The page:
The field of interior design is always changing. Not so long ago, you had to go to a formal design or art school in order to learn the field. Today students can attend almost any college or university and major in interior design.
Professional interior designers today must be licensed by the industry in order to practice their trade. Much like an architect, they must undergo intensive study and testing before even being allowed to take any licensing testing. The NCIDQ (National Council for Interior Design Qualification), requires all testers to have a combination of six years of work experience, two years of schooling plus four years of work experience, or four years in a FIDER accredited university or college plus two years of work experience in order to qualify. This intensive procedure ensures that trade licensing helps to create responsible, educated designers.
At minimum, student designers should look for a college or university that is FIDER accredited and works towards a bachelor's degree – required for commercial work. However, most high-end designers also obtain a master's degree or a doctorate in design.
What kind of classes should would-be designers consider? AutoCAD by AutoDesk, is an excellent computer aided drafting course. Those with some experience and knowledge of this software program can command a higher starting rate than those who have not taken the time to learn anything about it.
Business classes, as well as a variety of marketing courses are also a plus that many students do not consider. Interior design is 90% networking, marketing, selling, and knowing the right people; 7% paperwork and 3% design.
Some professional designer's even suggest taking an acting class or two to help you learn how to make better sales pitches.
Art classes too can help you be better prepared when taking with clients. People are visual and you'll have a better shot at convincing a new client of your ideas if you can sketch them. Also consider taking an art, furniture and antique history class. They all come in to play every day in the design industry.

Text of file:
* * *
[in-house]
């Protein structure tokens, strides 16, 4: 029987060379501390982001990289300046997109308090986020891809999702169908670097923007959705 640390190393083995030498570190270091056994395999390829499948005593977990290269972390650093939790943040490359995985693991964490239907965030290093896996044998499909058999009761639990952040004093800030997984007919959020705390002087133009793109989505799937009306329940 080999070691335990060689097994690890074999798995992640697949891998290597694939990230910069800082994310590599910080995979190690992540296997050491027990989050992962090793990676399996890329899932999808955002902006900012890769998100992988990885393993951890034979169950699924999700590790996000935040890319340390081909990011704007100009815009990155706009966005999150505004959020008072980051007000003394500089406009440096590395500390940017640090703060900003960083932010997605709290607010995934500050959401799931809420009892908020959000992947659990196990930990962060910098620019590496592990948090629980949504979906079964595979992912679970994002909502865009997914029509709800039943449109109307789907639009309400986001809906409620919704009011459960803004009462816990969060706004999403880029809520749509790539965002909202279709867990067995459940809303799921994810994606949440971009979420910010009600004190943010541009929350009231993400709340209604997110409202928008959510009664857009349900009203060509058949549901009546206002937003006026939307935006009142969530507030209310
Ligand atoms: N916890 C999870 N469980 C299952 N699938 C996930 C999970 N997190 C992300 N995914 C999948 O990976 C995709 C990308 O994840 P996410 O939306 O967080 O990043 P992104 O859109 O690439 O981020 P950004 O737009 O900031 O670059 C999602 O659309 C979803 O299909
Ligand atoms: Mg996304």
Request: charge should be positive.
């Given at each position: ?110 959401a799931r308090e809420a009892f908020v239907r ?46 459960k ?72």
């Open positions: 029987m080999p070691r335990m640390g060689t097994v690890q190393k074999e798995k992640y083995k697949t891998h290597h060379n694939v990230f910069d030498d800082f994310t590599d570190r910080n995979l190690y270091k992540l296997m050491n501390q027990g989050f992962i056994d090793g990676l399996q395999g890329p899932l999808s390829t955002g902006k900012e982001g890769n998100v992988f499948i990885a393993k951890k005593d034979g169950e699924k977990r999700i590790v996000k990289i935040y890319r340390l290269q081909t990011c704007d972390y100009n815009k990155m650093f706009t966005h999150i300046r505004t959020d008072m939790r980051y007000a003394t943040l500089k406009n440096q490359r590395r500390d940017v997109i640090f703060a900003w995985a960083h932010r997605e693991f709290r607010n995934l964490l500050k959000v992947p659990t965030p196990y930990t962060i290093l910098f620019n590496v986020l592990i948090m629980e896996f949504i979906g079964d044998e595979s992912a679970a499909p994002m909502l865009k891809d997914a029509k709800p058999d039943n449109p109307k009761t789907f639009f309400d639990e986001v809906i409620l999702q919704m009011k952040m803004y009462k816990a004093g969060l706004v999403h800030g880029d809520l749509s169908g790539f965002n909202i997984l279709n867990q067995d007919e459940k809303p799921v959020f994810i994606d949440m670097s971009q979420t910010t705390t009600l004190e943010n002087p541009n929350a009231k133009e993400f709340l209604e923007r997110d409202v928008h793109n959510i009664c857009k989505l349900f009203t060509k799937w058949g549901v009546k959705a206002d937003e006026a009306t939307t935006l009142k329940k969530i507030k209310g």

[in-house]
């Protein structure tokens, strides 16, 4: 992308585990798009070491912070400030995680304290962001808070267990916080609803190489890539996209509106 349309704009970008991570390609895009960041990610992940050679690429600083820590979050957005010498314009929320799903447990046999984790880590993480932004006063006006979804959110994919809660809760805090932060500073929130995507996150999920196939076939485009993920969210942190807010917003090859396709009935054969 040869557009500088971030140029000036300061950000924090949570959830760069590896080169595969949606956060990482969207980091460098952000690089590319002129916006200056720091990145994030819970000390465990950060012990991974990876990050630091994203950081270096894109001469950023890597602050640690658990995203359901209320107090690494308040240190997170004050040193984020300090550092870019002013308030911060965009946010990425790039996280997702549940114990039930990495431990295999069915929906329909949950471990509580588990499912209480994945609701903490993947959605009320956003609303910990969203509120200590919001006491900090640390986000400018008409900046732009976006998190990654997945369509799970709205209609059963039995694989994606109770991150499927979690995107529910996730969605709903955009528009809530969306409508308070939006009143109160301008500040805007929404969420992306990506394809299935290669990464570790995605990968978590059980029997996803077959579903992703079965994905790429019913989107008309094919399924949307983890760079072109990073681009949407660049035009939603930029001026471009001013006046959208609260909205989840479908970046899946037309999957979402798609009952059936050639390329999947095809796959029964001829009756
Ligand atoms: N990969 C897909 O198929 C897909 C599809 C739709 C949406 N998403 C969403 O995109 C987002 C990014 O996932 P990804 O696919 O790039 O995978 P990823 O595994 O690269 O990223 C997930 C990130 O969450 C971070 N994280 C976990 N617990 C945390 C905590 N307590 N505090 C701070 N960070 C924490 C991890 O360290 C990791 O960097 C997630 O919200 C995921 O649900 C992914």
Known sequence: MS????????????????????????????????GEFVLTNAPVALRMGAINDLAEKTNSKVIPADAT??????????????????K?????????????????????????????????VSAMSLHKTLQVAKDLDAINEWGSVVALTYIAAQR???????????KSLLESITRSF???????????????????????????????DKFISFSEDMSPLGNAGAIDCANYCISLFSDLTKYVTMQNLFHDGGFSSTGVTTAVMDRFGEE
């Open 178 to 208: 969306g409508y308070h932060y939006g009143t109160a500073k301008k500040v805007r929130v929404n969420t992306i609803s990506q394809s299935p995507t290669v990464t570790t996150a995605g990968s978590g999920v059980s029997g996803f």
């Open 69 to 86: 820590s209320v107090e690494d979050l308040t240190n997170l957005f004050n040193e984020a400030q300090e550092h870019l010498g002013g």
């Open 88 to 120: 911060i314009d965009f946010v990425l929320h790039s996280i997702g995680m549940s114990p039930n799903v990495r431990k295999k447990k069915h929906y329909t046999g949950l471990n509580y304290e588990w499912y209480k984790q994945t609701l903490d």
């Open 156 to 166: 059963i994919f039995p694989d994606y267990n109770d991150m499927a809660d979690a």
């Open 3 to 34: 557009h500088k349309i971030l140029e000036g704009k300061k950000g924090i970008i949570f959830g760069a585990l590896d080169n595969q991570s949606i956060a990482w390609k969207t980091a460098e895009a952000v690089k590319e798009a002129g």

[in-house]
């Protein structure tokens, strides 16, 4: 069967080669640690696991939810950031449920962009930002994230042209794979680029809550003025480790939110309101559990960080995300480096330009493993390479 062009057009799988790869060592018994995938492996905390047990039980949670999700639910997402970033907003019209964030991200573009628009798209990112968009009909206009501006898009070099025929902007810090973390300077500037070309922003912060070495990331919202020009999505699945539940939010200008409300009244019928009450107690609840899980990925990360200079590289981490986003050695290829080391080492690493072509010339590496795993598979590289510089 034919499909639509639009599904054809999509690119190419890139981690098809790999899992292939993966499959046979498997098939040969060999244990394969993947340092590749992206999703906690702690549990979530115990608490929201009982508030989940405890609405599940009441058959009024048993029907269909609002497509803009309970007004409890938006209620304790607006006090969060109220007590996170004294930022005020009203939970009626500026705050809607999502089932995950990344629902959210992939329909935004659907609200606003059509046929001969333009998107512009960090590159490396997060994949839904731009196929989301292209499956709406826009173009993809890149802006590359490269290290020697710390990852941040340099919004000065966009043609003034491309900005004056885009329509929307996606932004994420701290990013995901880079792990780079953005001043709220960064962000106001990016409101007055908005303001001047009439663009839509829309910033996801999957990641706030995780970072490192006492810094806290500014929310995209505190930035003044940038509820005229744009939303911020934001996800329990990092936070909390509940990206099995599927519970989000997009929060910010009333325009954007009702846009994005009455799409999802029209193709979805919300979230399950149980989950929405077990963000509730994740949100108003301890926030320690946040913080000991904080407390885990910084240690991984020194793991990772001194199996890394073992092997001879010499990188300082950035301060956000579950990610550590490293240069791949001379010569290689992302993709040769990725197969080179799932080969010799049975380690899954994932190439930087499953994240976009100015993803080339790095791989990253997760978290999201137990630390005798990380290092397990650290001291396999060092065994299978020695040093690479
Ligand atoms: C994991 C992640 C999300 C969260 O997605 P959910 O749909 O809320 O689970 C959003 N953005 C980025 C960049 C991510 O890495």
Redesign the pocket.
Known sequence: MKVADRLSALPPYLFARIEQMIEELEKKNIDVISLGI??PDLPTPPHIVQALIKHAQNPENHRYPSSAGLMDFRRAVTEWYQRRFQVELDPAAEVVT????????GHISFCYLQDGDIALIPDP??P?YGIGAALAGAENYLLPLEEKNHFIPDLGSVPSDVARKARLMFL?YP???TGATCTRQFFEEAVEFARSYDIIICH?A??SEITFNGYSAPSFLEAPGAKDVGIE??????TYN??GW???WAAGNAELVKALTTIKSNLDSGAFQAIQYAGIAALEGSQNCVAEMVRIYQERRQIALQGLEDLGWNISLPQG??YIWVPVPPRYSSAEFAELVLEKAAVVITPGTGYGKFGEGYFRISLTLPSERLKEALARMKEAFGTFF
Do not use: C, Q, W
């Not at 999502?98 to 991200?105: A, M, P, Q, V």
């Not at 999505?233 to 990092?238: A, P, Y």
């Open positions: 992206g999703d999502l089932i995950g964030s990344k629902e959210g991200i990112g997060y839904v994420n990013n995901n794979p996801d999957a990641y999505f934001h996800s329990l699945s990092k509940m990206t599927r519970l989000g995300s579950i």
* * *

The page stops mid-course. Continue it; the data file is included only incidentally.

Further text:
Design school can be very intense. Not only do you have traditional classes and a normal workload of reading, tests and other class work, but you will be expected to complete very large-scale design projects along the way also
One important aspect of your new career that design school can help make clear is what area of interior design you will find most successful and rewarding. They're many different fields to enter in the design profession. There are residential interior designers who sole purpose is to serve homeowners, and there are commercial interior designers who work on offices, restaurants, banks, malls, hotels, and on and on. Within each of these specialties, you could have a project manager heading up the entire project or a draftsperson or even a product sales representative.
Some designers decide that they'd rather own or operate a drapery workroom or fabric warehouse, a design firm, be a partner in a firm, a painter, wallpaper hanger, carpet layer … or any of a hundred other design specialists! How you extremely use your designer's education is really up to you, your interest, and your talent level.